January 11, 2021
by Sean E. V. Chung, DMD, MSc (Ortho), FRCD(C)
Orthodontic treatment can be described in 3 main groups based on the timing of treatment delivery as follows: 1) interceptive treatment, 2) comprehensive treatment, 3) adjunctive/limited treatment. Interceptive orthodontics describes orthodontic treatment that occurs during the mixed dentition stage of development. When interceptive treatment is done at the appropriate stage of growth and development (eg. 7-9 years of age), it results in the reduction of a patient’s case complexity and can negate the need for permanent tooth extraction(s) and/or orthognathic surgery in the future. The indications for interceptive orthodontics include treatment rendered to alleviate skeletal, dental and/or neuromuscular aberrations to reduce immediate malocclusion concerns (eg. spacing, crowding, open or deep bites, crossbites, severe or inadequate overjet, abnormal or altered eruption, space maintenance or acquisition, growth modification, eruption guidance, habit breaking).1,2 In most cases, interceptive treatment will be a first phase in a patient’s overall treatment journey and on occasion it may be effective enough to remove the need for a subsequent phase 2 comprehensive treatment.
In this article, 4 cases are presented where interceptive orthodontic treatment was undertaken to address dysplasia in the upper arch and correct an underlying dysplasia to reduce a patient’s overall case complexity.1,2 Each case was treated with a combination of a rapid palatal expander and braces from teeth 12-22. Since rapid palatal expanders can vary in design, (Fig. 1), their role in the biomechanics of each treatment plan differs. Additionally, each case was selected because mandibular treatment was not immediately undertaken as it was determined that this would occur at a future date if/when phase 2 comprehensive treatment would be pursued.
Examples of various rapid palatal expander designs used for: 1. maxillary protraction, 2. palatal expansion,3. habit breaking, with posterior bite blocks.
CASE 1: Correction of antero-posterior maxillary dysplasia presenting as an underbite.
This 8y-9m-old patient presented for treatment with a chief concern of an anterior cross bite (teeth 21, 22). Her initial occlusion was that of Class I molar relationship with a mild midline deviation. (Fig. 2) Cephalometric analysis (Fig. 3) revealed that her underbite was skeletal in nature (due to maxillary retrognathia) and that her upper incisors were in fact proclined, thereby camouflaging the degree of maxillary retrognathism.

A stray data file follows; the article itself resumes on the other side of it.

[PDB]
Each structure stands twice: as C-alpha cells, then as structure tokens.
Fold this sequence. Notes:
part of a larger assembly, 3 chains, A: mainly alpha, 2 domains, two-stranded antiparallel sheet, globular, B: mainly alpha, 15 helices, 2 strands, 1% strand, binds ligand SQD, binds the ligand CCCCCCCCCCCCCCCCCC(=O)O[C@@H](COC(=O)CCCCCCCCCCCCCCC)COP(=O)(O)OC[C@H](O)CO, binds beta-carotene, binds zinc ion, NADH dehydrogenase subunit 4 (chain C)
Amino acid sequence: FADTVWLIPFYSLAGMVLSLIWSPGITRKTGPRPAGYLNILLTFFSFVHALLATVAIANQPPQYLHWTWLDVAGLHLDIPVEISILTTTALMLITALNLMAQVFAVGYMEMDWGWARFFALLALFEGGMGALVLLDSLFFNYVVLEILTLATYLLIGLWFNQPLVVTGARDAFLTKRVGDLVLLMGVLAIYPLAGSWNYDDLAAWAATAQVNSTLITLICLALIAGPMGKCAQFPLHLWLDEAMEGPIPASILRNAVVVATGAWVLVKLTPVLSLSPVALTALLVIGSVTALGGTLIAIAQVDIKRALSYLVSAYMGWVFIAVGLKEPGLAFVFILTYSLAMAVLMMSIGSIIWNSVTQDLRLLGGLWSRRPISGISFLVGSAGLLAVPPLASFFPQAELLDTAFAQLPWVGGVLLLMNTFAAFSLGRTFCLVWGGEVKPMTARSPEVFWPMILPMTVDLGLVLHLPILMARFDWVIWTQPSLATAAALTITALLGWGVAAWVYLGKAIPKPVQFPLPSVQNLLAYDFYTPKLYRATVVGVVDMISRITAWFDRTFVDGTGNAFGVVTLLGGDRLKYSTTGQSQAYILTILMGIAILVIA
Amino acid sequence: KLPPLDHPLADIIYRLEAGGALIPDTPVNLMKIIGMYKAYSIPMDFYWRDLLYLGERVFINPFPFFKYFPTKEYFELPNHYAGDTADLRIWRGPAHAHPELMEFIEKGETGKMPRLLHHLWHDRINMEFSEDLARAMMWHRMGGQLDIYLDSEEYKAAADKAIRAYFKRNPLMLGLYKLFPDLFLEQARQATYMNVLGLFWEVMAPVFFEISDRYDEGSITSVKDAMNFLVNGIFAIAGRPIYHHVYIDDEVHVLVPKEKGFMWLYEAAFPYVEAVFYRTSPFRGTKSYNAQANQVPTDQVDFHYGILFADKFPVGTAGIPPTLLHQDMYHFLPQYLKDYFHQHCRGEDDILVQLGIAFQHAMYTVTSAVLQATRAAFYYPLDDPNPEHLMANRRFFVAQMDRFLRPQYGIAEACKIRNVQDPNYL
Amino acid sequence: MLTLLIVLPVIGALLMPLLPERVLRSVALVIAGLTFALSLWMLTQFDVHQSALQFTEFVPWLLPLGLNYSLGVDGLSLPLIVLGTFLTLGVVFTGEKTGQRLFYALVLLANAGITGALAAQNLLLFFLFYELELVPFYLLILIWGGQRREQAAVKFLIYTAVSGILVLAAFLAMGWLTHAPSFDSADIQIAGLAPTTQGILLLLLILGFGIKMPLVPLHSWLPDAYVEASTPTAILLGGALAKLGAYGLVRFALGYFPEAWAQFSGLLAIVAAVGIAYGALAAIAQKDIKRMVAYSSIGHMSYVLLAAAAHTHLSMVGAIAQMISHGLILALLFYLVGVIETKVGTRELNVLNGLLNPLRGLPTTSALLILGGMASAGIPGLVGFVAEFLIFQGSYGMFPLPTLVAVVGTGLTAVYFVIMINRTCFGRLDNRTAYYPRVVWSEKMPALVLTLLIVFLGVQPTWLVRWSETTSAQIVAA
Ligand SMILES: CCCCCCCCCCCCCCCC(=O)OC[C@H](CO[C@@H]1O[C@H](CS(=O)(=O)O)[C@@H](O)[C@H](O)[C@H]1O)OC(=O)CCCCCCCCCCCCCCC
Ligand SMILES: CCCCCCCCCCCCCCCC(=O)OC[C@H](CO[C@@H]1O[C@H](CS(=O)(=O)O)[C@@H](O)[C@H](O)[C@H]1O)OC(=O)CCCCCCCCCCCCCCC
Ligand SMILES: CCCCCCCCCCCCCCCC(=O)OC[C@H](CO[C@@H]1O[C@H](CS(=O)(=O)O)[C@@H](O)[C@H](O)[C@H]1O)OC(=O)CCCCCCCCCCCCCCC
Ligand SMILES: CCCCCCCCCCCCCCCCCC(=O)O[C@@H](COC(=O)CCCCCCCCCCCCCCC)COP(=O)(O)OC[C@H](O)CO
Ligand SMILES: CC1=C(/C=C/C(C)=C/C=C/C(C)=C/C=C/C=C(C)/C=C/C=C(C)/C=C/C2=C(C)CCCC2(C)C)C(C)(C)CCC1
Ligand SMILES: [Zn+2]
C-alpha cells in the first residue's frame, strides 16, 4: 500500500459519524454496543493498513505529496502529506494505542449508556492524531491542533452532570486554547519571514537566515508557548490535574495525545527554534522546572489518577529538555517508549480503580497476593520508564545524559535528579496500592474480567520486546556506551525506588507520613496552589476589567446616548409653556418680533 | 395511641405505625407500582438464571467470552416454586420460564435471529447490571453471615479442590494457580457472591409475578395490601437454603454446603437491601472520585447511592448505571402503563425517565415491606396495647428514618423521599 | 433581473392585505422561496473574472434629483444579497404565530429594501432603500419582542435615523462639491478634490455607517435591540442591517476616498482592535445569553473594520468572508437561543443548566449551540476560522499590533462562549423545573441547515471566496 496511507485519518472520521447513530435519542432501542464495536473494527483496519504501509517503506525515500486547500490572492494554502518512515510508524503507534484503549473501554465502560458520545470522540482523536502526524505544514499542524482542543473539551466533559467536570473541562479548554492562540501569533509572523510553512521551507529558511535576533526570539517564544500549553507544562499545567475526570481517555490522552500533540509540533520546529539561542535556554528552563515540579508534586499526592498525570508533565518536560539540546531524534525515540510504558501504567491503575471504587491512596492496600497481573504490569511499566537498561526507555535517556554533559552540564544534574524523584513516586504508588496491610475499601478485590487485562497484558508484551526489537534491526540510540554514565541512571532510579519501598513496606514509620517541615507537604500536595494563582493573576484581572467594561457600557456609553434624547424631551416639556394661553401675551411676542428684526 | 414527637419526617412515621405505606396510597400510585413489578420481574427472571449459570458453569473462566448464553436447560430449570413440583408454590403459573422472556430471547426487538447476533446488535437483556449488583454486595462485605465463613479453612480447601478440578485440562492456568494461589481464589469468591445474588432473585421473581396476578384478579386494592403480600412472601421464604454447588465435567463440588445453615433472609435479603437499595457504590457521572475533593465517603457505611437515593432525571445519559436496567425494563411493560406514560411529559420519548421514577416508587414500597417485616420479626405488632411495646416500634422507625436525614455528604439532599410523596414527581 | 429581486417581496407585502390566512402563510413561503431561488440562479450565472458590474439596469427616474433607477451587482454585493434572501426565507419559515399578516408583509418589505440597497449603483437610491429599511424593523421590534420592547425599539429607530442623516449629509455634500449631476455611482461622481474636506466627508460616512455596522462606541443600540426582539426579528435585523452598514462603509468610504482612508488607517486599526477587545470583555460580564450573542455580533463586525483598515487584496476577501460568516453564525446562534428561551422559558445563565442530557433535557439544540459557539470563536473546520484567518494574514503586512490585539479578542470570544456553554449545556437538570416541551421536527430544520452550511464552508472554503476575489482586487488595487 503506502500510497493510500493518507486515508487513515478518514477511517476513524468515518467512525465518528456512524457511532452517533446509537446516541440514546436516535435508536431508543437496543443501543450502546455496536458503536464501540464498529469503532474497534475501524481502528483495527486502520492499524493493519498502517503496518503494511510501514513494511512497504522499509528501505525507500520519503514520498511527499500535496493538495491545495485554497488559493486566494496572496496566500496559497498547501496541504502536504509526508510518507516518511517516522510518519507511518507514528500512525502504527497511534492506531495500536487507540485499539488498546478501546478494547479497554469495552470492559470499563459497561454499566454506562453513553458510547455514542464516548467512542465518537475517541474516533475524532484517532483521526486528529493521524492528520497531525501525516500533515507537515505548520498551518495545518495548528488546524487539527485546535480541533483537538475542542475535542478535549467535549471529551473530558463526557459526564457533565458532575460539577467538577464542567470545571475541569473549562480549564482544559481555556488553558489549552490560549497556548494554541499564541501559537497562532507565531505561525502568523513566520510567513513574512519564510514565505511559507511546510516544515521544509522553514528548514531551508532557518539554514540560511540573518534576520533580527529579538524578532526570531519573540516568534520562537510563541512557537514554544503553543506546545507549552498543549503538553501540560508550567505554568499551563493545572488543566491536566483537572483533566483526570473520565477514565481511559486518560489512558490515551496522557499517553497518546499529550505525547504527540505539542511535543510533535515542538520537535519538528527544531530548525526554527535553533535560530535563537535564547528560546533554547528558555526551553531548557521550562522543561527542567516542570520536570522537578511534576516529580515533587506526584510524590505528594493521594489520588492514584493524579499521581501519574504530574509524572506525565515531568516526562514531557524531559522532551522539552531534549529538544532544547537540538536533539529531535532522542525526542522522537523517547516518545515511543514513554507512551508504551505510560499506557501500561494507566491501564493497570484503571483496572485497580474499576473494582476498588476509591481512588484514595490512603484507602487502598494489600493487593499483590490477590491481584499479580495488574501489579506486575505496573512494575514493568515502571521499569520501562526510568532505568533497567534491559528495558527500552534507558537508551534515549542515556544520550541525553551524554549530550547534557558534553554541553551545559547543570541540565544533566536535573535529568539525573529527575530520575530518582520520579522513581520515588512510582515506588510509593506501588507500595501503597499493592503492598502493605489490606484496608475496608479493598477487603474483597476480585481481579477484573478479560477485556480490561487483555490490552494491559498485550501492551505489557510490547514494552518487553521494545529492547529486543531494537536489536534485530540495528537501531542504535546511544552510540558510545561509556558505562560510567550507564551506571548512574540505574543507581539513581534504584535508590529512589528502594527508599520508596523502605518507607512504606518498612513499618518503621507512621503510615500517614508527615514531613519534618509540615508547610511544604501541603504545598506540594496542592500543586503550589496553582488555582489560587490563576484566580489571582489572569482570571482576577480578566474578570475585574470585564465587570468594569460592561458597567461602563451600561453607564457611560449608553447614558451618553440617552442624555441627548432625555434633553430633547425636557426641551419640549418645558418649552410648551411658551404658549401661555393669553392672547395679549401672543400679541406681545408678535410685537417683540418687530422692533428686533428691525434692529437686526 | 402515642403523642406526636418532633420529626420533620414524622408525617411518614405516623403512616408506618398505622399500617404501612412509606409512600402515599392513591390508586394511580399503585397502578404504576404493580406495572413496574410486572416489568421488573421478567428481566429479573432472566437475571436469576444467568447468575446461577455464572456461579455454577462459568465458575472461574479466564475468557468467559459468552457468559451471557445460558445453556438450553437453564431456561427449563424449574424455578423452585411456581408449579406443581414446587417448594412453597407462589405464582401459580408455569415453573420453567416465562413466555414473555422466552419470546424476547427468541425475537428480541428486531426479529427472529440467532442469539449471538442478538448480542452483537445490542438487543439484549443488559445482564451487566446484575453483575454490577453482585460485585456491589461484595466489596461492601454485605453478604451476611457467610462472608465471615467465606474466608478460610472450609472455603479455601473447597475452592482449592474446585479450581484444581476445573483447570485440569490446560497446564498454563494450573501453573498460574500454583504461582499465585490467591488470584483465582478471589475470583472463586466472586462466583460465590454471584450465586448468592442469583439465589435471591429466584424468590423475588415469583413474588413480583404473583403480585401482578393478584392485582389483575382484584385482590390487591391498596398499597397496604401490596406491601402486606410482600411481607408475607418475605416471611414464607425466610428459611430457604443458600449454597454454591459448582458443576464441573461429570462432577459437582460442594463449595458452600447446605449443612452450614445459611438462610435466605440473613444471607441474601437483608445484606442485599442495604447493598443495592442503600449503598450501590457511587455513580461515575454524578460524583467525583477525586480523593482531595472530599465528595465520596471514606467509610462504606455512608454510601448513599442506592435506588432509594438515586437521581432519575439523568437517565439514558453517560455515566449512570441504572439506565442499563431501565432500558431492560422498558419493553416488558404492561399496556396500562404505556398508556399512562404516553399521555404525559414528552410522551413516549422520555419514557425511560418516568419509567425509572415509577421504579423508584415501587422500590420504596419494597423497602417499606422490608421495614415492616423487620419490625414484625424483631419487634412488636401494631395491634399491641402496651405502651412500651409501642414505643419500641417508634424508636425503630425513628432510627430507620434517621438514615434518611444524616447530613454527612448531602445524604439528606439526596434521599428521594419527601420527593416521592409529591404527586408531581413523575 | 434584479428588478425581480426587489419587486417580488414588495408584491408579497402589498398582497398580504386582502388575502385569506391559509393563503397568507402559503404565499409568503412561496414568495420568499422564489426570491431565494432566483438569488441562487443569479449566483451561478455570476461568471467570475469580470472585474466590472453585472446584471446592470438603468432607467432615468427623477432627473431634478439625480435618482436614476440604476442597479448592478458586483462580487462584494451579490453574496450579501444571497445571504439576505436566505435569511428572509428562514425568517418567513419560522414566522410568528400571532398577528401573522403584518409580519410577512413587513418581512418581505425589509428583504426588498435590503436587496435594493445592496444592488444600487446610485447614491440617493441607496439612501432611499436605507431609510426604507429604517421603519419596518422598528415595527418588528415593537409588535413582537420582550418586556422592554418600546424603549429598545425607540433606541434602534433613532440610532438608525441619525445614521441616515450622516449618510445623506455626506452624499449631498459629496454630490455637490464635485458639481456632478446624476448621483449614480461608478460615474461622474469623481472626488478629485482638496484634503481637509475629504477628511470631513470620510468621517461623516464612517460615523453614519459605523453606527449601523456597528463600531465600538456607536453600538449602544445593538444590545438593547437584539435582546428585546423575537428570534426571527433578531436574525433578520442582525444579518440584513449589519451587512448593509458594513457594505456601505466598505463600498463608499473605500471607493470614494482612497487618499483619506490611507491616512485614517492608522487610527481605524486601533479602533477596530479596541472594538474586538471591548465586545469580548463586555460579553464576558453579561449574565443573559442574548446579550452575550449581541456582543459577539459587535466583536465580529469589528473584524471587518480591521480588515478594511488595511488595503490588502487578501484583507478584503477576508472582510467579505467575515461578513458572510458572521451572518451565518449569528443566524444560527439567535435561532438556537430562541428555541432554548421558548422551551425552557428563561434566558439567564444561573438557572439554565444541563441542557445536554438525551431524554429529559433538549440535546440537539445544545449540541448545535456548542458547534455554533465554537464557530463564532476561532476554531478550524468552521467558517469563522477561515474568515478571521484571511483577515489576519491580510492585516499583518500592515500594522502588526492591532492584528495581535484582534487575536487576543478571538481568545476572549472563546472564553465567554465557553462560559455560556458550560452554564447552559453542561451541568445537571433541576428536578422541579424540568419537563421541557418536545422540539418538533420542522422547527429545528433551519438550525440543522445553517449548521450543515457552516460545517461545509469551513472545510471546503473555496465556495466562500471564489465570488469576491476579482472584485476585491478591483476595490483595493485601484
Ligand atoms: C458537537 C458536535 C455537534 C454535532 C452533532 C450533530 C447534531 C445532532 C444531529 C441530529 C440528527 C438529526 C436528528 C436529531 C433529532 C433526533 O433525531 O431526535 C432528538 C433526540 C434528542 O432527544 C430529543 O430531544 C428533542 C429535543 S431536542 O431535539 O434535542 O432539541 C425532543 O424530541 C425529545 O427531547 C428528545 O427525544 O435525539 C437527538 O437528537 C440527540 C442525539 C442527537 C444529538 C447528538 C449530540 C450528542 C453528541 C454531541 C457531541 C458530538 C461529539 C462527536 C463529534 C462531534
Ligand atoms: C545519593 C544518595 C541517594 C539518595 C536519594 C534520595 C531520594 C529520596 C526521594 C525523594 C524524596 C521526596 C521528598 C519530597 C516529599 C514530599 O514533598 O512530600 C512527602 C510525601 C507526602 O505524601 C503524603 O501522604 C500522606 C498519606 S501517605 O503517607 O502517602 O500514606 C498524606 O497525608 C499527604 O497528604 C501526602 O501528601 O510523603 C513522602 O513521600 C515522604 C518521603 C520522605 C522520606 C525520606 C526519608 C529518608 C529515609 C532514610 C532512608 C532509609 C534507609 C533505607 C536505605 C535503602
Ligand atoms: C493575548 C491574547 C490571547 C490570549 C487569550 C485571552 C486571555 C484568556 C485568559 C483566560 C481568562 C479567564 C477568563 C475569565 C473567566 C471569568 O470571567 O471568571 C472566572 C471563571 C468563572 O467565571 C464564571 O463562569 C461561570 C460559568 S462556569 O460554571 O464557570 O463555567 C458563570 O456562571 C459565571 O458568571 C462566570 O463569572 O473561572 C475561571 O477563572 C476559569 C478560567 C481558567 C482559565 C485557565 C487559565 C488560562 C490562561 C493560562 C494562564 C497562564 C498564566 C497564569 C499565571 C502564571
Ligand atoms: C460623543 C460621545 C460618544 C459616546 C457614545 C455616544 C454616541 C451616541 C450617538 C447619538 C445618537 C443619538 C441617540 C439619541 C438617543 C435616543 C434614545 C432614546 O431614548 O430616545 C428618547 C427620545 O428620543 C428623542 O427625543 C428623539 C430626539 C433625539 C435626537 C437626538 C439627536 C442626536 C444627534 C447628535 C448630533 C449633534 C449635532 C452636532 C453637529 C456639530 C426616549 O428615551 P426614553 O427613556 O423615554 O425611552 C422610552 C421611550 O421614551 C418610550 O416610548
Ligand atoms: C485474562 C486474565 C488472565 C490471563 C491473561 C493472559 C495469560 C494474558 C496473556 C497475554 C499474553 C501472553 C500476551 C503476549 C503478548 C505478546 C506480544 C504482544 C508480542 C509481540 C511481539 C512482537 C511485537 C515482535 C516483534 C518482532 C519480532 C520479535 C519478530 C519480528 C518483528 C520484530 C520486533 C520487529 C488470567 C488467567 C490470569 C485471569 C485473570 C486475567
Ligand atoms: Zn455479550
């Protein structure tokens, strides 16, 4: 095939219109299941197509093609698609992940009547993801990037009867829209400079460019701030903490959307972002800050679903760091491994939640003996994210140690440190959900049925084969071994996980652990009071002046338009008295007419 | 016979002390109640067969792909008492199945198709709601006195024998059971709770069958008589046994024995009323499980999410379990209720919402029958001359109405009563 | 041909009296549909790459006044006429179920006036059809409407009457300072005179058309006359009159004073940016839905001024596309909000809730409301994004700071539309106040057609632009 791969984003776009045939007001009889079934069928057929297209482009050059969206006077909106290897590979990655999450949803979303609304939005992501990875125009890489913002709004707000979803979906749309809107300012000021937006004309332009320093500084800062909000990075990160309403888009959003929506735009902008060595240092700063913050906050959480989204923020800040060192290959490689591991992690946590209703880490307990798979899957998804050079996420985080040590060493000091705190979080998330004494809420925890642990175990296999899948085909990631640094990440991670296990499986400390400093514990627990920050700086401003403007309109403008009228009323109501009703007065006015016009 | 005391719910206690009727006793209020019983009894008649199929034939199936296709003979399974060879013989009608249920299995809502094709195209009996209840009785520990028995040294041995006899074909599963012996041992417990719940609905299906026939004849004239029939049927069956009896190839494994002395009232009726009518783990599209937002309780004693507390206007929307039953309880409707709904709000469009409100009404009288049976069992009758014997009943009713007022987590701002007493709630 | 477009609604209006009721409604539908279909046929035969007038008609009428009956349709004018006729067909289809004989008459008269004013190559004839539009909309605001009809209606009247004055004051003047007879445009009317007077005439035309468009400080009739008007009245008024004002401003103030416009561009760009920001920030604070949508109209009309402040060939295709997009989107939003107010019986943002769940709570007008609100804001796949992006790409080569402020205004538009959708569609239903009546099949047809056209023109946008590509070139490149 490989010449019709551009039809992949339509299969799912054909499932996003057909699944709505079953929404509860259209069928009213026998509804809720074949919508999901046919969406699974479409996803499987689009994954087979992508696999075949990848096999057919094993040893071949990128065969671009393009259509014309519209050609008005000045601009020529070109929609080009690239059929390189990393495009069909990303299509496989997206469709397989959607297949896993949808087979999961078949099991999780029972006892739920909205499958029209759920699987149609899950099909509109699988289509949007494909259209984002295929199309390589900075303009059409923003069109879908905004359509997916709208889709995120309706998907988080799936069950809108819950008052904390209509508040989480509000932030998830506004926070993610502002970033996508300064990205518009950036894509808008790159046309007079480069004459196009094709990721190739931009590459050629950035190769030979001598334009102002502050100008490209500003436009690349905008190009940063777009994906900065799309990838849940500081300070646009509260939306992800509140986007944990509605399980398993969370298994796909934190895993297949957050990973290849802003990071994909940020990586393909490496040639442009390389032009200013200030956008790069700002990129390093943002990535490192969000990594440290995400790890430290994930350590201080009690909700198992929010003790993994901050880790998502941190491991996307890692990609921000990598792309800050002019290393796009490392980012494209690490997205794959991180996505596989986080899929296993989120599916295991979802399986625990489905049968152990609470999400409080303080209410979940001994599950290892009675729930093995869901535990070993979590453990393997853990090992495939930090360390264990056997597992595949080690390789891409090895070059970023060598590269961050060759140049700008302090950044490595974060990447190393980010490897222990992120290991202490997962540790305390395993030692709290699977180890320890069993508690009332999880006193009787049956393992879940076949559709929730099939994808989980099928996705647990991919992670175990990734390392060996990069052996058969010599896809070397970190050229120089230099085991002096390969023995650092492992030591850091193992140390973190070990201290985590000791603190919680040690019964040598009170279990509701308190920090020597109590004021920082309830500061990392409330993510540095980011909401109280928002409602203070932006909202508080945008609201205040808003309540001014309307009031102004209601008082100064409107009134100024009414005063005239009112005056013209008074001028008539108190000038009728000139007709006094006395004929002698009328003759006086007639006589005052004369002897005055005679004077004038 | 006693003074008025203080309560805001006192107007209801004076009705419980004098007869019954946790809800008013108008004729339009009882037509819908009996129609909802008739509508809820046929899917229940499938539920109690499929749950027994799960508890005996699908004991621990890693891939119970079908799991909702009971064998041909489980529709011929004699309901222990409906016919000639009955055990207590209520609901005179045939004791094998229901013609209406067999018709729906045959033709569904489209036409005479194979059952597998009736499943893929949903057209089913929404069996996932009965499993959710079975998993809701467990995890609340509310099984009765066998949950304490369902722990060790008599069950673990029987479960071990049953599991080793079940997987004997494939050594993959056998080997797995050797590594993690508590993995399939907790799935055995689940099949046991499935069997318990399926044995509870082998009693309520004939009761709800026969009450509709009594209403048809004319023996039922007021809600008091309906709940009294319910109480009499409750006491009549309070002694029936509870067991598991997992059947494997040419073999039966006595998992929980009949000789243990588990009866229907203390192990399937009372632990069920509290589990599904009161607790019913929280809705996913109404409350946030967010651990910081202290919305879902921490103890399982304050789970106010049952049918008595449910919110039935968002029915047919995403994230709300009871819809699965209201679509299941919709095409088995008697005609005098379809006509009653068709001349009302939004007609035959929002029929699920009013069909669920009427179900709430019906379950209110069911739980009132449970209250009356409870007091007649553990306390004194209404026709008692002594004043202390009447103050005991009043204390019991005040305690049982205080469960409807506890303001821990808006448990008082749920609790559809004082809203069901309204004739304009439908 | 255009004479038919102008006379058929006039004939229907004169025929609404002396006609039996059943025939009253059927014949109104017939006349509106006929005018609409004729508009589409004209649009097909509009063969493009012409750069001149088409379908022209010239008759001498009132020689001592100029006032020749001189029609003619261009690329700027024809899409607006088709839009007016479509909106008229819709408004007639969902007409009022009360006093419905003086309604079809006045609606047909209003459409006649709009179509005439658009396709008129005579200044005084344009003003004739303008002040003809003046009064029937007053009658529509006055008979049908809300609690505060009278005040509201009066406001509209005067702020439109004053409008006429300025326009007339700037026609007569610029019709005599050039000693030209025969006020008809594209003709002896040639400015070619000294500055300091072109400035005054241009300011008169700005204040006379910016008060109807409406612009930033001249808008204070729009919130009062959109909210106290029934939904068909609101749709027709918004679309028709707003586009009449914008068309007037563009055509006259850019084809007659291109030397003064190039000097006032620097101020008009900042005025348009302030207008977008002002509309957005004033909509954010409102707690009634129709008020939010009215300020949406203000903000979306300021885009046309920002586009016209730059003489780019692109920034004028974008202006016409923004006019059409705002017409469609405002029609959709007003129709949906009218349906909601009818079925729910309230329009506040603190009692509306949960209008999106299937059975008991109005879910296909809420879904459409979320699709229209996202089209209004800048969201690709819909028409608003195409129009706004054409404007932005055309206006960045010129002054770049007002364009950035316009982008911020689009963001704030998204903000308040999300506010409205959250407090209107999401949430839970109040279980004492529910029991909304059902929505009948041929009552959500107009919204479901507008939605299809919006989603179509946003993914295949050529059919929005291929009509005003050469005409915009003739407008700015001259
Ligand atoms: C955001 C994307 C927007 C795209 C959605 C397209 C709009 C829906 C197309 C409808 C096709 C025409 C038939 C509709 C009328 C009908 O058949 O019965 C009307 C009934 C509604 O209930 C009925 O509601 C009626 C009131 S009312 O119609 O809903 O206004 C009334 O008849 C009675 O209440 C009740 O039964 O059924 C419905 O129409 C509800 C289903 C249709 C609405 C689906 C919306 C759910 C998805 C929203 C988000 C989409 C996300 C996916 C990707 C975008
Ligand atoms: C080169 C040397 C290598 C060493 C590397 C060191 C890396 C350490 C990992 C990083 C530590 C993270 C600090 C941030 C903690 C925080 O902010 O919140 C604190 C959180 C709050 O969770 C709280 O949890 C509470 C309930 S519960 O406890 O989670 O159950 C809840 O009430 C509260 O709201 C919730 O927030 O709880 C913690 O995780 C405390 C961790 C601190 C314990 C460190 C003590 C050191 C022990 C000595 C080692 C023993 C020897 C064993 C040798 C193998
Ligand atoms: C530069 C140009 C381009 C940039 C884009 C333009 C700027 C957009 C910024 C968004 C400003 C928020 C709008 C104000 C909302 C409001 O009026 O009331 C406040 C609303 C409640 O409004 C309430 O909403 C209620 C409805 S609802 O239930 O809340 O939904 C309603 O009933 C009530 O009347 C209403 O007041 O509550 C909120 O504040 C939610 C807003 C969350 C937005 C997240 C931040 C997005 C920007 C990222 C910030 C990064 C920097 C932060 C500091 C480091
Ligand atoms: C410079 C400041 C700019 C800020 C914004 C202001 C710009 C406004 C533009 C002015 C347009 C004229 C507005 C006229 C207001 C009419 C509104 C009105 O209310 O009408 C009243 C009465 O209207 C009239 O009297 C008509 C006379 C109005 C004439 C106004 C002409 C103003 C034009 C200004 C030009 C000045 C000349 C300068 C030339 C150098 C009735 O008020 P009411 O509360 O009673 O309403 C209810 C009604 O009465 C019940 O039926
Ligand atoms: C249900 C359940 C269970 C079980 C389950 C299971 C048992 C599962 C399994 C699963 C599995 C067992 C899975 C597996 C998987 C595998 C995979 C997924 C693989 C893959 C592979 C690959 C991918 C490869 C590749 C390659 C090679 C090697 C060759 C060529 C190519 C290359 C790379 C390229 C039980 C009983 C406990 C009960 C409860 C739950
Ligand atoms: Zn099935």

Case 1: Initial records showing a negative overjet (i.e. anterior crossbite at teeth 21 and 22).
Lateral cephalometric analysis showing maxillary retrognathia (ANB -1.3°) and proclined upper incisors (Upper 1 to palatal plane 124°).
Phase 1 interceptive treatment comprised of maxillary protraction with a banded rapid palatal expander and protraction facemask in combination with fixed edgewise appliances from teeth 12-22. (Fig. 4) Treatment duration was 12 months and resulted in a Class II molar occlusion with normalized overbite and overjet.
Orthodontic appliance design for maxillary protraction with a rapid palatal expander with facemask protraction and maxillary 2×4 fixed edgewise appliances.
The use of a palatal expander allows for an increase in arch length following expansion and greater anchorage when correcting the maxillary incisor inclination.2,3
Incorporation of the protraction facemask corrects the underlying skeletal etiology (maxillary retrognathia) and avoids having the proclined upper incisors further proclined to correct the anterior crossbite. Furthermore, the maxilla was protracted into a Class II molar position in anticipation of future mandibular growth as the patient had a Class III skeletal growth pattern.
Facemasks are most successful if the treatment is completed before the age of 10. It should be worn 12-18 hours daily for 6-18 months and protraction force levels should range between 500-800g with consideration to the angulation of the protraction force from the facemask to support the opening or deepening of the bite as desired.3,4,5,6
Comparison of smile esthetics before and after maxillary protraction.
Comparison of intraoral records of before and after maxillary protraction and expansion.
Panoramic x-ray (initial) demonstrating mesial positioning of teeth 13 and 23.
CASE 2: Correction of vertical maxillary dysplasia presenting as an anterior open bite.